As our work becomes more creative, biophilia, the principle that we have a innate desire to connect with nature, helps us thrive in the workplace by reducing stress and offering respite.
Building on a previous post discussing how biophilic design impacts our workplace wellbeing, research by Steelcase shows that nature and the outdoors do have a positive impact on our cognitive, emotional and physical wellbeing in work environments. But here’s a staggering fact: over half of the world’s population lives in urban areas, yet according to the U.S. Environmental Protection Agency, the average American spends close to 90% of their time inside. Further to that, 42% of office workers have no access to natural light, 55% have no greenery and 7% lack a window within their environment.
According to environmental psychologist Stephen Kaplan, nature powerfully engages the mind with “involuntary fascination,” which helps to restore directed attention and focus. The result is an effortless mindfulness that promotes stress reduction and renewal while also stimulating curiosity and imagination. Kaplan further holds that people can concentrate better after spending time in nature. The Human Spaces Report confirms that people with views of natural elements, like trees, water or countryside, report greater levels of workplace wellbeing than those with views of urban settings like buildings, roads or construction sites.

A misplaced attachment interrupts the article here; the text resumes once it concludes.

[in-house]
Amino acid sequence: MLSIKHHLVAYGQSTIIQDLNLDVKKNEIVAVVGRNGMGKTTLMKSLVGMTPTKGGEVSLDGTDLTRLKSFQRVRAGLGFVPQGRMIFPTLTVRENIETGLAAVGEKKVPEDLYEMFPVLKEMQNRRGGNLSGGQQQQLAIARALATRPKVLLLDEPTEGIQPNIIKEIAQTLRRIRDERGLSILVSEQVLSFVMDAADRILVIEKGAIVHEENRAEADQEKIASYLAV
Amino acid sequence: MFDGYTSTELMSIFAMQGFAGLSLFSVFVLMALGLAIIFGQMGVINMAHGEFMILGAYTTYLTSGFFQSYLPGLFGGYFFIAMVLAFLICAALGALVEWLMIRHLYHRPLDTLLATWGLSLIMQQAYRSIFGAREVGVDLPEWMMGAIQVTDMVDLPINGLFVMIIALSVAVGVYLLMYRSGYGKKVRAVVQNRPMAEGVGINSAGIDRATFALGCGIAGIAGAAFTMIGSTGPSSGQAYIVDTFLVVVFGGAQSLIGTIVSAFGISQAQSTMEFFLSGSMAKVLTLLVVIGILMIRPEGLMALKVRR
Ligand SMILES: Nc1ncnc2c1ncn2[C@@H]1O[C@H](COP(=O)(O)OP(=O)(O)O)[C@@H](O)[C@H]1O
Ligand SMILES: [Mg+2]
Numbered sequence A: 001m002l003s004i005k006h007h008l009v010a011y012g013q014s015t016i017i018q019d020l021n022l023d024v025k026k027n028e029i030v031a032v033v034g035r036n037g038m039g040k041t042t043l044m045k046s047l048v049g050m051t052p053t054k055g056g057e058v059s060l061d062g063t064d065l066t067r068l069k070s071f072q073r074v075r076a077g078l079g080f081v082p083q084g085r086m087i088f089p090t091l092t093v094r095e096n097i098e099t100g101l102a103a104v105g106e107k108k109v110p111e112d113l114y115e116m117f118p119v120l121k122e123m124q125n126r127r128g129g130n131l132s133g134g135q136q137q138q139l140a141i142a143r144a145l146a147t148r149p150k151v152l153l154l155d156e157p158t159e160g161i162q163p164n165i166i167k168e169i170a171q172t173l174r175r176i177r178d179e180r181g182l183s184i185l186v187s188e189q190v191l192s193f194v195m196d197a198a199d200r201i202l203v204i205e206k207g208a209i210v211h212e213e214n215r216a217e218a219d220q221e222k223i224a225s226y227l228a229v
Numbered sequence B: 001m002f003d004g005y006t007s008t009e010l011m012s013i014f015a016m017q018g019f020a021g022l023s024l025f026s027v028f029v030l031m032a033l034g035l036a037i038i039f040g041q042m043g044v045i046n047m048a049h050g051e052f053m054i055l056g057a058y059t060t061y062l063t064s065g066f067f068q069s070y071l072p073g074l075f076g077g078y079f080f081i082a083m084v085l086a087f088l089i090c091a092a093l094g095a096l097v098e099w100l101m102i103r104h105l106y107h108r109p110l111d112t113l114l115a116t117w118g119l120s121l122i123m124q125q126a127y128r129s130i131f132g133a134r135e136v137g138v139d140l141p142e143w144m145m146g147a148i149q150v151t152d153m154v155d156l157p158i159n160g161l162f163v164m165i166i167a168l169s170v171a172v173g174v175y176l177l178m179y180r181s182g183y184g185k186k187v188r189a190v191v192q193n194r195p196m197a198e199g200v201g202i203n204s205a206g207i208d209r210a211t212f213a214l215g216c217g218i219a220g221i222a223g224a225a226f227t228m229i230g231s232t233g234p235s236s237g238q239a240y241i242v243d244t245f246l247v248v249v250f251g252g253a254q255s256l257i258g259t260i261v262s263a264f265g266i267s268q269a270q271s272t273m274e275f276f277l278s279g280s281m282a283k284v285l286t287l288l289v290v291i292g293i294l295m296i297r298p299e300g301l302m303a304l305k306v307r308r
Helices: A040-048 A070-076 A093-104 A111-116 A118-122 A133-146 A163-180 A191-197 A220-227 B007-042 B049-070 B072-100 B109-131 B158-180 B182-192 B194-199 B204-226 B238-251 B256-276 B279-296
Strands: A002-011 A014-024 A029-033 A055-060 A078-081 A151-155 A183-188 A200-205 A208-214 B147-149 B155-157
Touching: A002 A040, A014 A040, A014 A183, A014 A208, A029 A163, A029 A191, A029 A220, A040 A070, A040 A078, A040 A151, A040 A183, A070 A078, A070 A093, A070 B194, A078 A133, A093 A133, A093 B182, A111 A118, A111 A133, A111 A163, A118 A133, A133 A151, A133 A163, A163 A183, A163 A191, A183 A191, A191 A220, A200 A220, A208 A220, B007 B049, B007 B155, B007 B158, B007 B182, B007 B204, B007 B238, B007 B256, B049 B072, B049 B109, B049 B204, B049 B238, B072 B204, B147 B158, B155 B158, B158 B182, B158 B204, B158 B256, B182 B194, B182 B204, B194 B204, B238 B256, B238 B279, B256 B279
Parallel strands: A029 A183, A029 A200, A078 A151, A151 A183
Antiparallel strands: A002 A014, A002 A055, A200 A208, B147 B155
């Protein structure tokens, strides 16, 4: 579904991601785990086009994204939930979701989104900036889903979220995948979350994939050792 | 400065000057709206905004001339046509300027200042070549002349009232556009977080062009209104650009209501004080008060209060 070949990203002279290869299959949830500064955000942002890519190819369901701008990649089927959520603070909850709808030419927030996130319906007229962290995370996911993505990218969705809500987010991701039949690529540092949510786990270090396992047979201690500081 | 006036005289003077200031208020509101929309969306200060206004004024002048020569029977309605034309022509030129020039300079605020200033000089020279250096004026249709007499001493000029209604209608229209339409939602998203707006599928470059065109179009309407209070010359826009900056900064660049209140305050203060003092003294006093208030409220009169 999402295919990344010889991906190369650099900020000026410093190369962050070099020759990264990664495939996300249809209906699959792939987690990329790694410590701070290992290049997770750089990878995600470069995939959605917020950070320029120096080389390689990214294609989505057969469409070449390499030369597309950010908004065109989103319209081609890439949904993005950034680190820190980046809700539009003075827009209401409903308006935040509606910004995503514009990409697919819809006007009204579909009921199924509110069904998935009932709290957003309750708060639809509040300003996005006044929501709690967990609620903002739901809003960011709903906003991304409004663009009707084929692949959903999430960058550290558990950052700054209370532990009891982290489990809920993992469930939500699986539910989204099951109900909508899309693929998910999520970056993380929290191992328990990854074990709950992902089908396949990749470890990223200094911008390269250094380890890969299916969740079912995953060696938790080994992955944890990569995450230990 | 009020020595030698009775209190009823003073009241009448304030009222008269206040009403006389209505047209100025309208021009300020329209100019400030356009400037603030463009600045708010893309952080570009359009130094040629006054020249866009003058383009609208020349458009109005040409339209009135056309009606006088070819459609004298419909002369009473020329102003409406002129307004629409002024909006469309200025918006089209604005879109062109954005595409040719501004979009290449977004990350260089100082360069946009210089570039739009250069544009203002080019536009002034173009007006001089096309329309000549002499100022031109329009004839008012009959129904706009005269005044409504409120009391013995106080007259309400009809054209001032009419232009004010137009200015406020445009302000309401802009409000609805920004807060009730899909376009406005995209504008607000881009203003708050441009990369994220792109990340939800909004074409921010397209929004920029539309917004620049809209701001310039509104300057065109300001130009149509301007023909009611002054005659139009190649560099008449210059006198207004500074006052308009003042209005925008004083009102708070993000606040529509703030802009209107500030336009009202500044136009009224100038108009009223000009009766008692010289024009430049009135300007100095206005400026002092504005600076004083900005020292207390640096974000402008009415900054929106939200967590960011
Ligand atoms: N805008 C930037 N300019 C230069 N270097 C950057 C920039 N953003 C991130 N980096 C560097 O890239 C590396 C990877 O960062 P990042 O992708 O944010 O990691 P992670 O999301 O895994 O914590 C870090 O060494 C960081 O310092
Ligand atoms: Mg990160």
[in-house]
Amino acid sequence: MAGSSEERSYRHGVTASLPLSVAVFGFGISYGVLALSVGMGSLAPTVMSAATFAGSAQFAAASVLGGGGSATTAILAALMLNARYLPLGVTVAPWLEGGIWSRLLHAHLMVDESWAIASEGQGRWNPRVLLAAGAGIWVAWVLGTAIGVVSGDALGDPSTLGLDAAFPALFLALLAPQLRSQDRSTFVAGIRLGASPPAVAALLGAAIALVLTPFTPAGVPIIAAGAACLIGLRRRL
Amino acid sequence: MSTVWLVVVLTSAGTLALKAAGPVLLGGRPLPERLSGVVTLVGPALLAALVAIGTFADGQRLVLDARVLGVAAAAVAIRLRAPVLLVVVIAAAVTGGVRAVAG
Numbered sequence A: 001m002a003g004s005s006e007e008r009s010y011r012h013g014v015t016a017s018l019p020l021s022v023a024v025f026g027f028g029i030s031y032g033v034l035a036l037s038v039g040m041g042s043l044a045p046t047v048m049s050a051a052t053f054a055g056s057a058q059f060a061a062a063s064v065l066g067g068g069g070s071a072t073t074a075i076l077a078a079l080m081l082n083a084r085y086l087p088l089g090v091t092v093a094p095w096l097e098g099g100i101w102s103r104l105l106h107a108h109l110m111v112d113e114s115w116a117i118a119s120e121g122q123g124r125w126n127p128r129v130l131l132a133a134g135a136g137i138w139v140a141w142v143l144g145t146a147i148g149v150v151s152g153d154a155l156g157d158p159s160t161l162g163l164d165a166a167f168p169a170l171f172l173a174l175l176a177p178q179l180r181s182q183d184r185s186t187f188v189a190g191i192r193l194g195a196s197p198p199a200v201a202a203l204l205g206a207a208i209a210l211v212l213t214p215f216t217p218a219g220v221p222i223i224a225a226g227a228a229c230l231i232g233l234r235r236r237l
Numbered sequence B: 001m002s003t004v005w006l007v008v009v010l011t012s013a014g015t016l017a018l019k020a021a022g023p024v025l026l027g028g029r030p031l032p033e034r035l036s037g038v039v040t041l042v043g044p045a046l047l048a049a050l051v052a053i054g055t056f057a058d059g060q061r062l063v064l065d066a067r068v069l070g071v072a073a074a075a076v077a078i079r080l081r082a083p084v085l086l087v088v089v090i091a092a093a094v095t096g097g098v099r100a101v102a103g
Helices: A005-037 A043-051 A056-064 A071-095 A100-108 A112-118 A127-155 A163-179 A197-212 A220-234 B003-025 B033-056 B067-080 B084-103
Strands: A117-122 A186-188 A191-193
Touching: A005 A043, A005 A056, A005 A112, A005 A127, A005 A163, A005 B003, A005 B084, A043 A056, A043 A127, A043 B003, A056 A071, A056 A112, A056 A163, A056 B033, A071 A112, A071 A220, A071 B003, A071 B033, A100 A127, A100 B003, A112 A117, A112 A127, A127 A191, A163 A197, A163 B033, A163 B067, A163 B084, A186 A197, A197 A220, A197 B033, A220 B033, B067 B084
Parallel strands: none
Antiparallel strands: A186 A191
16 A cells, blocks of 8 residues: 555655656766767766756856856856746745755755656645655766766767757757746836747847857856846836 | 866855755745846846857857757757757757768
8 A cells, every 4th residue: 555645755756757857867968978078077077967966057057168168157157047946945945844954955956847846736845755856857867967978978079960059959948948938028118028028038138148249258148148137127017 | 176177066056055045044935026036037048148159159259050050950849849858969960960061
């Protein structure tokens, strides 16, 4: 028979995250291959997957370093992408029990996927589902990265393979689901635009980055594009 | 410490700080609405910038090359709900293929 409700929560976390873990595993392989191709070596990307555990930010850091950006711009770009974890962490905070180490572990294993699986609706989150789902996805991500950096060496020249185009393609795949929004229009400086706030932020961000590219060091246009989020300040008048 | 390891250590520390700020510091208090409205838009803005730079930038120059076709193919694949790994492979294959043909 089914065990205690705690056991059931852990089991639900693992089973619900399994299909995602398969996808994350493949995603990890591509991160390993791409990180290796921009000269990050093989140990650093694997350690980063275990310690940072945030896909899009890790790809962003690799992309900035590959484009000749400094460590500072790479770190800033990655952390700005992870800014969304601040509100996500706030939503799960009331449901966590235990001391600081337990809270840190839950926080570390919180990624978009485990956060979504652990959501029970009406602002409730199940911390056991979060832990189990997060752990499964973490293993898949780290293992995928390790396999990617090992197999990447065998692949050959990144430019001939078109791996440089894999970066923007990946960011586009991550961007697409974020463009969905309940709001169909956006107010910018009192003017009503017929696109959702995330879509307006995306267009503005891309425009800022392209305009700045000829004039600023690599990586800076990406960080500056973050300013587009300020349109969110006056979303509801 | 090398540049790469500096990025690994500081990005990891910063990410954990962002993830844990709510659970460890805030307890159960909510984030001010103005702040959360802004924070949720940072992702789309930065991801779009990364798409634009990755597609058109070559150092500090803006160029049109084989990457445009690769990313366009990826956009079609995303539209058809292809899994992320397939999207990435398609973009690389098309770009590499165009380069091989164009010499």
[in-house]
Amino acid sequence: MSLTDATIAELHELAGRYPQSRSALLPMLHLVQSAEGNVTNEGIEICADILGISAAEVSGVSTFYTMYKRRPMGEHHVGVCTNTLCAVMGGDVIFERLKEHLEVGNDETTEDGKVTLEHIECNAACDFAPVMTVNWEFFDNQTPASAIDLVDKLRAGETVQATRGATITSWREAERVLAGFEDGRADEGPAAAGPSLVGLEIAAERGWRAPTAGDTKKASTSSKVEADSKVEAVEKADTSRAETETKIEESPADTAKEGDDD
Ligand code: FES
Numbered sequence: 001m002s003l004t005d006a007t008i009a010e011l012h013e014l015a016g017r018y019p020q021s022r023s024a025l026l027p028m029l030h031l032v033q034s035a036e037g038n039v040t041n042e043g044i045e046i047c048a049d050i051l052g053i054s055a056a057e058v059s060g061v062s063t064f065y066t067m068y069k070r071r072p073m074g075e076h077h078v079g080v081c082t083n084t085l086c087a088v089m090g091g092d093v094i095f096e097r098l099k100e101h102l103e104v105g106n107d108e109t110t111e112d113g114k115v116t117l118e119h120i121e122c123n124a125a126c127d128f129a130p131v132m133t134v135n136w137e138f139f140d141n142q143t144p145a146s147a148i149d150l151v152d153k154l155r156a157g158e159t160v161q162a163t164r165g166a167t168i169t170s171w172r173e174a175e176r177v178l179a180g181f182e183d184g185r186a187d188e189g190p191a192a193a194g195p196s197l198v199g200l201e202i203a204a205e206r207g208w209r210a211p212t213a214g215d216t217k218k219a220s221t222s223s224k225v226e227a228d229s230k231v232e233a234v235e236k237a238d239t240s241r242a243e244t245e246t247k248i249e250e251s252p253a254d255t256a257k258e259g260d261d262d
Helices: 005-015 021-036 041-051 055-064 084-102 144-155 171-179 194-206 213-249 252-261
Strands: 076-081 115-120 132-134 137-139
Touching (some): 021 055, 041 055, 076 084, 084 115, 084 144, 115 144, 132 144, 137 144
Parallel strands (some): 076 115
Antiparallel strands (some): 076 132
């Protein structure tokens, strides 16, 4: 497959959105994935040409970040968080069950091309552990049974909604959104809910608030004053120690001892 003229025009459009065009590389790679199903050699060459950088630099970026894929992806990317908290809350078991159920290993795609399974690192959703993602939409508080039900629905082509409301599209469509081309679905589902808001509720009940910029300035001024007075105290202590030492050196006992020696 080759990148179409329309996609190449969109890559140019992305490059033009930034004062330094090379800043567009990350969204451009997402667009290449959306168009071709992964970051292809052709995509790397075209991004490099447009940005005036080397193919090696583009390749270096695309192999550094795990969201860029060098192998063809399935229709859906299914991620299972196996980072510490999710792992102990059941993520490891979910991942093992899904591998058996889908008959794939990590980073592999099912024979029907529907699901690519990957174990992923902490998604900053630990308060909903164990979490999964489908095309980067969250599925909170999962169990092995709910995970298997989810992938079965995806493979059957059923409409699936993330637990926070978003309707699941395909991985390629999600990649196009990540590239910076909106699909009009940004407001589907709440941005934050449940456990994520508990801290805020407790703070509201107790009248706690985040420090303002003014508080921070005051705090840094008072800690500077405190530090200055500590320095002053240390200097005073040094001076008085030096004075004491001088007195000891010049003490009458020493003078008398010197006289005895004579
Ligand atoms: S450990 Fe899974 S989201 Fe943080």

Through biophilic design, we can interpret nature in ways to help activate the parts of our brain that reduce stress, help recharge us and inspire us. While benefiting our wellbeing, incorporating natural and multisensory elements in the workplace that alleviate many modern stressors and improve employee perceptions can also help organizations attract and retain talent. Biophilic design helps people feel like they have spaces in which to settle, explore, adapt and be creative. These benefits build stronger connections and foster better collaboration, as well as trust in the ability to rejuvenate at work.